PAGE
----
While Once Upon A Time In Mumbai is now officially one of the biggest money spinners that Bollywood has seen this year, some feel that the love story was a little stretched at the beginning when audience was waiting for all the drama to begin.
Initially, I myself wanted to cut it a little short myself. However, I stopped myself because I felt that if you are talking about a film that has five main characters, you need to have strong characterisation of females as well. If I wouldn't have done that, audience would have lost the connection with them. Also, the emotional turning point in the second half of the film is due to Kangana Ranaut. Had audience not spent time with her and Ajay, it would have been difficult to understand Sultan's decision of quitting his illegal activities.
On the other hand, a few also felt that the ending was a little abrupt.
It was meant to be that way. No, it wasn't a matter of cutting it short to save time. I did that because it was a question of getting a gasp from the audiences who were caught totally unaware. When Emraan shoots Ajay, not many thought that it would actually happen. This is how audiences got a shock.
An epilogue may have helped though, isn't it?
See, in Hindi films you do expect a little bit of dialogue-baazi in the end but I wanted to take a slightly different route. I wanted to wind up the film just a minute before. I think this is where the thirst of watching the film again is created. You feel that you could have stayed on with the characters for a few more minutes because your emotions are attached there. So if someone says that he was disappointed with a sudden ending, I would take it as a compliment because it was all intended that way.
With the film being hailed most for its dramatic quotient, comparisons were made with the likes of Salim-Javed, Prakash Mehra, Subhash Ghai and others. Flattered?
Of course, it has been unbelievably flattering. You don't ever imagine that your name would be taken in such breath with these giants of 70s and 80s. I have been lost for words. In fact we were consciously trying to imbibe the narrative style of these great film makers. During the writing process, we used to have discussions around how these greats would have picturised such scenes. Once you start referring to their films, you don't have to look much beyond. You have to keep their attitude in mind because these were men who used to make films for the big screen guys.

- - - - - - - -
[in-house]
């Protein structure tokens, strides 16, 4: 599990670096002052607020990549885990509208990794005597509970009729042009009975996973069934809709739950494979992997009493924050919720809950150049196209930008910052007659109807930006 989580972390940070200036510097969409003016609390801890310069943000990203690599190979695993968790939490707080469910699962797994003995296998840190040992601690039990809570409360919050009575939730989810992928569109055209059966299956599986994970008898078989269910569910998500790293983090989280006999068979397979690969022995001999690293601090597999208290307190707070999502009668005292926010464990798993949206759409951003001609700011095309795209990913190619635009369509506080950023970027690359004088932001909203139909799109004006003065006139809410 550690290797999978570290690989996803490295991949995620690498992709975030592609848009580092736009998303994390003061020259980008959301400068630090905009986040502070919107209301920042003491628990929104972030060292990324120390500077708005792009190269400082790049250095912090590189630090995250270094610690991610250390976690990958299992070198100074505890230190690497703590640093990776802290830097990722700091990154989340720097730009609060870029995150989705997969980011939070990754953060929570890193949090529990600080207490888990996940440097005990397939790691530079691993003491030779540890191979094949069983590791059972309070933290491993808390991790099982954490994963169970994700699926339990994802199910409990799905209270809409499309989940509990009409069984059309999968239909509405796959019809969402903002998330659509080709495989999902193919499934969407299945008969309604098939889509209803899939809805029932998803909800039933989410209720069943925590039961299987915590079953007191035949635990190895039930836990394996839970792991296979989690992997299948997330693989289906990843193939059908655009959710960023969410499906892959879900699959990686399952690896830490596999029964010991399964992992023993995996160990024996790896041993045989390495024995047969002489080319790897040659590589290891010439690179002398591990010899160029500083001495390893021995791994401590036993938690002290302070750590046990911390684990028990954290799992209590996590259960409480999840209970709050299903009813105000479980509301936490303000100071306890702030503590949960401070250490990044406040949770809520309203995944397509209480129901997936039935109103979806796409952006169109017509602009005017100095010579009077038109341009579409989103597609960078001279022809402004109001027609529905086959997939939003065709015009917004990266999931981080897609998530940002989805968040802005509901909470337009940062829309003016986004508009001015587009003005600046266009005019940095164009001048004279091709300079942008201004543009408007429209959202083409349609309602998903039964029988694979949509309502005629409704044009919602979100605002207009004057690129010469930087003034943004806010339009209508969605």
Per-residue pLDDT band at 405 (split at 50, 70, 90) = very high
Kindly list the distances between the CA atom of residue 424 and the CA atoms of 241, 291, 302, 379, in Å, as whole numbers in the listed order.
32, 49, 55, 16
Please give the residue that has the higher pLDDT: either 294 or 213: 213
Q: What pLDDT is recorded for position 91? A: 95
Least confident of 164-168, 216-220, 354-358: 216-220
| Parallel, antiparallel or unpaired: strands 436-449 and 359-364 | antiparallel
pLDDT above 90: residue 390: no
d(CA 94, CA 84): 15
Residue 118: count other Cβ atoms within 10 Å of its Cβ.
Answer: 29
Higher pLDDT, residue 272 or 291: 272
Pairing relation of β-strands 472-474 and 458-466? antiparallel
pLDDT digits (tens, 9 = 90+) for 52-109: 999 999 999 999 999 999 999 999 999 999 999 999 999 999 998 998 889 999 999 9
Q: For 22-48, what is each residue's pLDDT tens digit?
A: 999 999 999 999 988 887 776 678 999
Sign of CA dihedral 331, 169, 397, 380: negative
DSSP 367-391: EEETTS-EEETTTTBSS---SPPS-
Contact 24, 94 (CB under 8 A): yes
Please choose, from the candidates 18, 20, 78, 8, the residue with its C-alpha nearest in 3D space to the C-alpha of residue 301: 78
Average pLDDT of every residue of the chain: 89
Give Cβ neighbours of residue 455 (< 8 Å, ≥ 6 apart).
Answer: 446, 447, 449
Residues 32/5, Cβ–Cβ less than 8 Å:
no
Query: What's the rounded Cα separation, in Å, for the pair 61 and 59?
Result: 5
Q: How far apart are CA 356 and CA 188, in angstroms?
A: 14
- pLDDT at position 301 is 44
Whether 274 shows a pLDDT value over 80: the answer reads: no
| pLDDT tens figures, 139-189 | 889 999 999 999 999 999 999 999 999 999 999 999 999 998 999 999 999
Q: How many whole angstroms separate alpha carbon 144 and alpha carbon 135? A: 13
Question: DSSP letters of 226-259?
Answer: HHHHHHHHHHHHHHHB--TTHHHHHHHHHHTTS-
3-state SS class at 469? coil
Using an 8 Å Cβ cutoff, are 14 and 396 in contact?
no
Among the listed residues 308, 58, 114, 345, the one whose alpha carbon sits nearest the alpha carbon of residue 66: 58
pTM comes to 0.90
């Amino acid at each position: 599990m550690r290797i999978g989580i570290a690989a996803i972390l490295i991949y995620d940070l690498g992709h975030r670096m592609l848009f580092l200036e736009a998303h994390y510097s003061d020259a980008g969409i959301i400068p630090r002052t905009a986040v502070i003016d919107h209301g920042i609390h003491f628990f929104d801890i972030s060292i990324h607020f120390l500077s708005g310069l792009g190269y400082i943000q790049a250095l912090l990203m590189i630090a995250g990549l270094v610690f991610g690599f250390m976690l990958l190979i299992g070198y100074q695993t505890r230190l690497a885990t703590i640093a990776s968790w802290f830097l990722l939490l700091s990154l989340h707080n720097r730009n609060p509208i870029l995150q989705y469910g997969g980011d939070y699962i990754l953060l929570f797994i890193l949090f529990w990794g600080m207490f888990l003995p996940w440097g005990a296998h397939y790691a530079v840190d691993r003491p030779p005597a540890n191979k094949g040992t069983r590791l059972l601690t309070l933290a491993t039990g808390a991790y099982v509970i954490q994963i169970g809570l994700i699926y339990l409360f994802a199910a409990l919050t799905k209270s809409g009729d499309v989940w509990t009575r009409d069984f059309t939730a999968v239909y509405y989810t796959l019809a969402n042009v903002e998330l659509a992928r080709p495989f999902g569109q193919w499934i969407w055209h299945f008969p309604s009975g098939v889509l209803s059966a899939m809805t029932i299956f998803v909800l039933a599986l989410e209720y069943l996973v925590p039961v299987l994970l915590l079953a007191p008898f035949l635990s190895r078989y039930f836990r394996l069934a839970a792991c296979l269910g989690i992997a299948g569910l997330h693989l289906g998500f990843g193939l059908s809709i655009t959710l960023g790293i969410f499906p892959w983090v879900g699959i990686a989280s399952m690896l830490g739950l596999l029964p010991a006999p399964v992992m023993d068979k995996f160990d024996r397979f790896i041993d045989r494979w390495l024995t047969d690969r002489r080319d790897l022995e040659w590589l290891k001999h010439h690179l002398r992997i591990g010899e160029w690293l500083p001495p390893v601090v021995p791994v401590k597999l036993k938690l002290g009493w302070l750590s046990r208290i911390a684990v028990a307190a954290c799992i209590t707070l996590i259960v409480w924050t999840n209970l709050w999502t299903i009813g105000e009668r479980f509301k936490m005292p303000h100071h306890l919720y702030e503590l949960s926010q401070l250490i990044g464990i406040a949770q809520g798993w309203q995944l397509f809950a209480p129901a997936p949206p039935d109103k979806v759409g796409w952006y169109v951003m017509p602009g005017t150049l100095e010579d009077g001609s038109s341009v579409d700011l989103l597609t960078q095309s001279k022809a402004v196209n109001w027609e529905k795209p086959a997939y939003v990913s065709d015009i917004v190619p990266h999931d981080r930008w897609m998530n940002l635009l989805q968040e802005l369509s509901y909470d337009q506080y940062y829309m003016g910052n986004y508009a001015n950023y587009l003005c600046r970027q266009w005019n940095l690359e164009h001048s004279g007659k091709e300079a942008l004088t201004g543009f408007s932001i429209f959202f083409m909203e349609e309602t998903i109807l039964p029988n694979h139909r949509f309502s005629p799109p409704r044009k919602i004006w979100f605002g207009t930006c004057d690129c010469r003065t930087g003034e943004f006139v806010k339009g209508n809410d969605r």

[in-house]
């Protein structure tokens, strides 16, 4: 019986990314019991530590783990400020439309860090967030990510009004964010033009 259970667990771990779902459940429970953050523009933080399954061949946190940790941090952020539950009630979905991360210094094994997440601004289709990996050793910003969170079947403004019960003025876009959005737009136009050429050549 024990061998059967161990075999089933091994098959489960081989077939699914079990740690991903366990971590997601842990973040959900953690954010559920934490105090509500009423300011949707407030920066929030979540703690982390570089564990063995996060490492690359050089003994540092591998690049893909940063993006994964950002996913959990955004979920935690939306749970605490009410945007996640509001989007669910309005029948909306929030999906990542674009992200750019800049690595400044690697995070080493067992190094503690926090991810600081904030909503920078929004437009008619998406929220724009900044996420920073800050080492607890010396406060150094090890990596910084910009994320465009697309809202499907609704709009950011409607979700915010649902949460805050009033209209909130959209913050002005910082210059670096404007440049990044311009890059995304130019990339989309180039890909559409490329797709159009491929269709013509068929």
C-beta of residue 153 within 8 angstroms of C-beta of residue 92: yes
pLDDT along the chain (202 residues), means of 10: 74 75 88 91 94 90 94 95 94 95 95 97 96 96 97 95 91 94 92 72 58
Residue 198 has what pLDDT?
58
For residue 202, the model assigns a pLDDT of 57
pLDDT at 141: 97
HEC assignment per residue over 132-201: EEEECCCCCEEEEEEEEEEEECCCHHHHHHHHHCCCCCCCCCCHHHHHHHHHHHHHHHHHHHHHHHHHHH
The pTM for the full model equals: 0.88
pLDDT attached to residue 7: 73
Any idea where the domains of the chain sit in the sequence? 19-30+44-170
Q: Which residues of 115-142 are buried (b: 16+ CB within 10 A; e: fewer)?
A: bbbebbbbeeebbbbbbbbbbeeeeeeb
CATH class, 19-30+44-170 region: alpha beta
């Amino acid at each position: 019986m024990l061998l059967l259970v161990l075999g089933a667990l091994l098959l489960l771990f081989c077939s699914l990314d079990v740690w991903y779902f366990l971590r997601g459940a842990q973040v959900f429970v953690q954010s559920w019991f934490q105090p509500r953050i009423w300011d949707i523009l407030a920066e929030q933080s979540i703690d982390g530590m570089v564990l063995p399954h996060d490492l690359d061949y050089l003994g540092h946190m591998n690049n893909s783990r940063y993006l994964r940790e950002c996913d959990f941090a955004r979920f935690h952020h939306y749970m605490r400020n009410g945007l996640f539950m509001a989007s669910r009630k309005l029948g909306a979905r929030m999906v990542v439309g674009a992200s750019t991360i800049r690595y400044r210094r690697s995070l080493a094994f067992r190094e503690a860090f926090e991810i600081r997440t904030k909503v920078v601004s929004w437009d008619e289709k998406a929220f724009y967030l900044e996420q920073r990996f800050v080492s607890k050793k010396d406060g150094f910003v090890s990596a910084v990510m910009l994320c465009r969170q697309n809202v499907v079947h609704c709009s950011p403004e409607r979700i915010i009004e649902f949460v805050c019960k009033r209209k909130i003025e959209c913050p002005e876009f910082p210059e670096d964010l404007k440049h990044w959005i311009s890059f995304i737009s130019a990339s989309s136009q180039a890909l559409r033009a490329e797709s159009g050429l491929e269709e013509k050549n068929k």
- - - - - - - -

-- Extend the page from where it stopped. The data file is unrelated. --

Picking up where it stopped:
In the middle of the film being made, recession had struck. Did that lead to change in plans?
Yes, we did deviate though not from the look and feel perspective but the choice of technicians. We did not go for the big names and instead roped in young and talented technicians for departments like costume designing, background score etc. Also, for supporting actors, we went for lot of theatre actors and for that there were hundreds of rounds of auditions that took place. Another deviation was to move away from the luxurious way of filmmaking. We knew our job and did everything in the budget.
(Smiles) I am under the contract where I cannot discuss numbers. However, I know that it is a fair priced film rather than being exorbitantly budgeted. The idea was not to make something that would result in a producer taking a king size profit while distributor was left in a lurch. (Producer) Ekta Kapoor has been fair in her game. Money was not her primary objective to make the film. She wanted something that was good, path breaking and saw good response from critics as well as audience. She is here to establish her banner and she has managed to do that.
With one quick blow, Milan Luthria has managed to make everyone stand up and take notice of his craft. His Once Upon A Time In Mumbai is one of the very few clean hits that Bollywood has seen this year (most notably Raajneeti, Housefull, My Name Is Khan and I Hate Luv Storys). For a film that had to pass through quite a few challenges before hitting the screen, OUATIM has turned out to be one of the most watched gangster films ever. No wonder, Milan looks back at the entire movie making experience quite fondly. In a two part conversation with this correspondent, he also comes clean on some of the portions in the film that came under fire from quite a few.